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Jordanians stage strike against income tax bill, call for fall of govt.

Jordanian people and associations chant slogans during a strike against the new income tax law, in Amman, Jordan, on May 30, 2018. (Photo by Reuters)

Thousands of Jordanians have staged a strike against an income tax bill that they say will worsen an erosion in living standards, demanding the overthrow of the government of Hani Mulki.

Public and private sector employees on Wednesday took part in the strike, which was called earlier this week by unions to protest against sweeping tax amendments sent to parliament this month.

The unions had warned the government that the bill would impoverish employees already hit by unprecedented tax hikes implemented earlier this year.

Protesters gathered at the headquarters of the Professional Associations Union in the capital Amman on Wednesday, holding placards slamming the government and accusing politicians of corruption and squandering public funds.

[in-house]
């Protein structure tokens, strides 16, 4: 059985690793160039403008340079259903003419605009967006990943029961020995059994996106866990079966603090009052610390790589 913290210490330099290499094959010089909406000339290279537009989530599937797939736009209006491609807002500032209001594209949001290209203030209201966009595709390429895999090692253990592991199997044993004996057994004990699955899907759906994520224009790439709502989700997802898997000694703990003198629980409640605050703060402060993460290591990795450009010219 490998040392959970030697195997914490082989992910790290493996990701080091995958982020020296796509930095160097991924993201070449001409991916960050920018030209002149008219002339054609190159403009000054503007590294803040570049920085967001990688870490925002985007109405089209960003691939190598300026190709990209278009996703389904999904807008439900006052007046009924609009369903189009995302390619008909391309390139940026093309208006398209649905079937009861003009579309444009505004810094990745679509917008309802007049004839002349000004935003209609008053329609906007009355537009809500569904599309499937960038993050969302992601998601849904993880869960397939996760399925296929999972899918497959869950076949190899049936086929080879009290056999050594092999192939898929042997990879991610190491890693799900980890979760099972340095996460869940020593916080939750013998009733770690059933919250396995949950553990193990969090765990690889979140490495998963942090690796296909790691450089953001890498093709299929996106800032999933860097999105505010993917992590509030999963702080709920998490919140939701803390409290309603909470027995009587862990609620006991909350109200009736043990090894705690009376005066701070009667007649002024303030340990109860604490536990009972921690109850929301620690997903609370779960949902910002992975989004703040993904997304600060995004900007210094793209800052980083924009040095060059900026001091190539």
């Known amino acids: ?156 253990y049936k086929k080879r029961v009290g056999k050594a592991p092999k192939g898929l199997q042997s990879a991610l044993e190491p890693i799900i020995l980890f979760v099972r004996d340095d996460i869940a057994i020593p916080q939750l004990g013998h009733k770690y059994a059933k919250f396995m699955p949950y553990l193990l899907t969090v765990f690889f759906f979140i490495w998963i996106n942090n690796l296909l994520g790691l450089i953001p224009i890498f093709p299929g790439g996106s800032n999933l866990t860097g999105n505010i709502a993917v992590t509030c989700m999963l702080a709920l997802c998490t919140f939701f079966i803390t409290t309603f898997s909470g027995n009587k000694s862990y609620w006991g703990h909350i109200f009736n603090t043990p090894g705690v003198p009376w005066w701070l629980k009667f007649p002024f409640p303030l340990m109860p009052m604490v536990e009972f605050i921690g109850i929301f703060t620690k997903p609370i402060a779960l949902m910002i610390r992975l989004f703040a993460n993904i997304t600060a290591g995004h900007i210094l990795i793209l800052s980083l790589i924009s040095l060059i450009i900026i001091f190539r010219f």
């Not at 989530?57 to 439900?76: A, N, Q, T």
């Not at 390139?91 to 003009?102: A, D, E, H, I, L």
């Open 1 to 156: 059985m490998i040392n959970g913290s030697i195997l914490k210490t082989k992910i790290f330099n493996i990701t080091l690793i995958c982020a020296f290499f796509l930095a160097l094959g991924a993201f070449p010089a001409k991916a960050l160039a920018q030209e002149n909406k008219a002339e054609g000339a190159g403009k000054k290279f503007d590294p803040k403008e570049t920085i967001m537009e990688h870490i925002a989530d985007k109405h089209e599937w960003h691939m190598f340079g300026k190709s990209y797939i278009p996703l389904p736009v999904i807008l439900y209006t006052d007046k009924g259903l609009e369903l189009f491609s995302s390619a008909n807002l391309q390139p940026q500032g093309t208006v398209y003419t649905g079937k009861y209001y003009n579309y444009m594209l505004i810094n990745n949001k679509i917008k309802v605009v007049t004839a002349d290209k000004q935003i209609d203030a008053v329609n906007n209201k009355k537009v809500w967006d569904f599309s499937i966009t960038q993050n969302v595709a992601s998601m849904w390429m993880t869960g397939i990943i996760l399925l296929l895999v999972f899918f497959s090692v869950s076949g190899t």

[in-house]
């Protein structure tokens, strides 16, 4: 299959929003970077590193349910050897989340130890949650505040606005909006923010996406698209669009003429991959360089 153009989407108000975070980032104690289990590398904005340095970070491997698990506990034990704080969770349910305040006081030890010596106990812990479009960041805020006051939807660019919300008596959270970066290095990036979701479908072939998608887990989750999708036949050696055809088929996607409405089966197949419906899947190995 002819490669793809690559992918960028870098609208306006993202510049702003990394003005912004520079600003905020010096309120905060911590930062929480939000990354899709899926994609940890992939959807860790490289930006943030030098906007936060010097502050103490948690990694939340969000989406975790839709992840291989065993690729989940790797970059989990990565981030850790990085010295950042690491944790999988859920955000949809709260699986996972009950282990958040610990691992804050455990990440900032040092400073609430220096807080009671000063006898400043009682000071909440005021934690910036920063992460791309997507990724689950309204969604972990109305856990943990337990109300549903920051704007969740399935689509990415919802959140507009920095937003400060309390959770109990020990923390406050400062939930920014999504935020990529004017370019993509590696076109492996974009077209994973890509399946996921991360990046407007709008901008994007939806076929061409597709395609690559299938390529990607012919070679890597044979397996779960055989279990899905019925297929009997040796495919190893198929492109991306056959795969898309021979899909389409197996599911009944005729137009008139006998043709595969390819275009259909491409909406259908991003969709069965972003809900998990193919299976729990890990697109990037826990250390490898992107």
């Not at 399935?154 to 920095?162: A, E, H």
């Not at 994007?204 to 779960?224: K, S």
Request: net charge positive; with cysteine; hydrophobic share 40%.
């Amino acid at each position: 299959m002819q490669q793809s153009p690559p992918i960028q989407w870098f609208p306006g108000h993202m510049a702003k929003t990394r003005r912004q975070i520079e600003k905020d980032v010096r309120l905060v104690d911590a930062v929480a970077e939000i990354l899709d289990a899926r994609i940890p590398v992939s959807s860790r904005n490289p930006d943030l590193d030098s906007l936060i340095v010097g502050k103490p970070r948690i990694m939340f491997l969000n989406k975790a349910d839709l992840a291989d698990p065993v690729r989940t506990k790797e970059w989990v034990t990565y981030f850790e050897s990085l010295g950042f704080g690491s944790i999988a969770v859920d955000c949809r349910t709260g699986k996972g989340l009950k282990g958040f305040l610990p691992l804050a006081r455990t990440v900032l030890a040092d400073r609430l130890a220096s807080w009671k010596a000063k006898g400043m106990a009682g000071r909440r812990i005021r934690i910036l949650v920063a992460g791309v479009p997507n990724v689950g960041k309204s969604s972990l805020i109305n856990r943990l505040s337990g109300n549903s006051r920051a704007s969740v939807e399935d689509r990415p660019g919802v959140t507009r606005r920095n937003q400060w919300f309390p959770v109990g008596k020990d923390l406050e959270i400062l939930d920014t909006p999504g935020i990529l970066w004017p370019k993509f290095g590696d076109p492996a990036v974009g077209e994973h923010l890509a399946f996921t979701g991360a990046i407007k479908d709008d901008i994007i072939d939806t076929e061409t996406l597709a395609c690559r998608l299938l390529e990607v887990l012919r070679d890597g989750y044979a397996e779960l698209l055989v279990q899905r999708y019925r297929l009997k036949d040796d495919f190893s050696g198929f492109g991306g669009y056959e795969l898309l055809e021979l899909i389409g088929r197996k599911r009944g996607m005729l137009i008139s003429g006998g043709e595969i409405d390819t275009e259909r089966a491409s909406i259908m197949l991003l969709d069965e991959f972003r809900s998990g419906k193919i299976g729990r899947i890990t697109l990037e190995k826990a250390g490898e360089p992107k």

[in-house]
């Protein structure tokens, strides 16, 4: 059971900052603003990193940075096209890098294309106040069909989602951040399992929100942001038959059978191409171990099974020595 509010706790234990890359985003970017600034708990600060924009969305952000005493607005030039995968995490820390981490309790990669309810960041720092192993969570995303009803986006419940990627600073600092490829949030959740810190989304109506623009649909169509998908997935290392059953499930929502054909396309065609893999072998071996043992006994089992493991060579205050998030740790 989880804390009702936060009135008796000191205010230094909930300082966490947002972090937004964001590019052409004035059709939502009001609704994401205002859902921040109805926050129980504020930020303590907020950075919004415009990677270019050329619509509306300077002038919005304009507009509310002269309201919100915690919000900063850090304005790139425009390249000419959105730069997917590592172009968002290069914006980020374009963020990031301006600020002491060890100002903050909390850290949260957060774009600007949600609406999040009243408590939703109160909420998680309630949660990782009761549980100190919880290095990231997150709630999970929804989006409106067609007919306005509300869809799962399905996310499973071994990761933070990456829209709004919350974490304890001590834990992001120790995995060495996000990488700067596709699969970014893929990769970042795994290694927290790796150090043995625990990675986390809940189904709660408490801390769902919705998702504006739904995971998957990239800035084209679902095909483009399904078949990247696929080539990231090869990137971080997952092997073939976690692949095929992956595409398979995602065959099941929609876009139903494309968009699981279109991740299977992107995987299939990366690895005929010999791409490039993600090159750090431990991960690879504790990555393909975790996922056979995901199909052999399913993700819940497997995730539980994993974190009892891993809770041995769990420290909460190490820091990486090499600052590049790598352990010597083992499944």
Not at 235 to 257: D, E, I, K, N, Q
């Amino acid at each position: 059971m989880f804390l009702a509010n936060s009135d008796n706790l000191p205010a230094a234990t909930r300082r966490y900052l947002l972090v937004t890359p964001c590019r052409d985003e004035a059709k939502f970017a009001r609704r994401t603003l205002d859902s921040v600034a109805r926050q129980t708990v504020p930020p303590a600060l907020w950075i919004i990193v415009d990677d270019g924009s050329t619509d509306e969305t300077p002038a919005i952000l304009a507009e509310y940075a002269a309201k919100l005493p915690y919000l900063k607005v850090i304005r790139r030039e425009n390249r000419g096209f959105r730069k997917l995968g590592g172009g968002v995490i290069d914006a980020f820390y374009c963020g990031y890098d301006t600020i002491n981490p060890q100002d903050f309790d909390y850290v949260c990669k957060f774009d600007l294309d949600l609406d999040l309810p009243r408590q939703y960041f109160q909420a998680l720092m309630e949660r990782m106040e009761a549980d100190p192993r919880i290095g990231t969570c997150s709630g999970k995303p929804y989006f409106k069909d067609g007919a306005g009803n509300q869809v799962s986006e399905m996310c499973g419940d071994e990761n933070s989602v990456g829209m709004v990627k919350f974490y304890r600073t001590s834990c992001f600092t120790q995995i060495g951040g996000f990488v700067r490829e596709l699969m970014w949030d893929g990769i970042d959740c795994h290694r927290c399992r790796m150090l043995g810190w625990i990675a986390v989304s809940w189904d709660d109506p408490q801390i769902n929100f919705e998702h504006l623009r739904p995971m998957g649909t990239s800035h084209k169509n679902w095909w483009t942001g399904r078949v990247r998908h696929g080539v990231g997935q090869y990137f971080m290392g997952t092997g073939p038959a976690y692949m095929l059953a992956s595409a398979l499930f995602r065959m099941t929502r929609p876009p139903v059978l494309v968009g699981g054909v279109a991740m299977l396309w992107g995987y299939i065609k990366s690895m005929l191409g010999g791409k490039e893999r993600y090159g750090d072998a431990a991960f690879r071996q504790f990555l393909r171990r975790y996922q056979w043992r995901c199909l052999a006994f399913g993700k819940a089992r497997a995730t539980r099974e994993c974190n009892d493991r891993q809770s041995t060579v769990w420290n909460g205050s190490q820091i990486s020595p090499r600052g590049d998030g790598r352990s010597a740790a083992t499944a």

"I can hardly afford anything with my salary. We are taxed for the air we breathe and now they are also looking to rip off our salaries. Everyone knows the law is unjust and it has to be withdrawn,” Hatem Samara, an engineer, said.

The call for the strike, which took place between 10:00 a.m. local time and 2:00 p.m., came after the prime minister refused to withdraw the bill which was rejected by many Jordanians.

People also protested against the rise in prices, calling for the overthrow of the Mulki’s government.

The country has a public debt of some $35 billion, equivalent to around 90 percent of its gross domestic product.

The price hike and steep tax increases, which Mulki introduced earlier in the year as mandated by the International Monetary Fund (IMF), are meant to cut into the debt.

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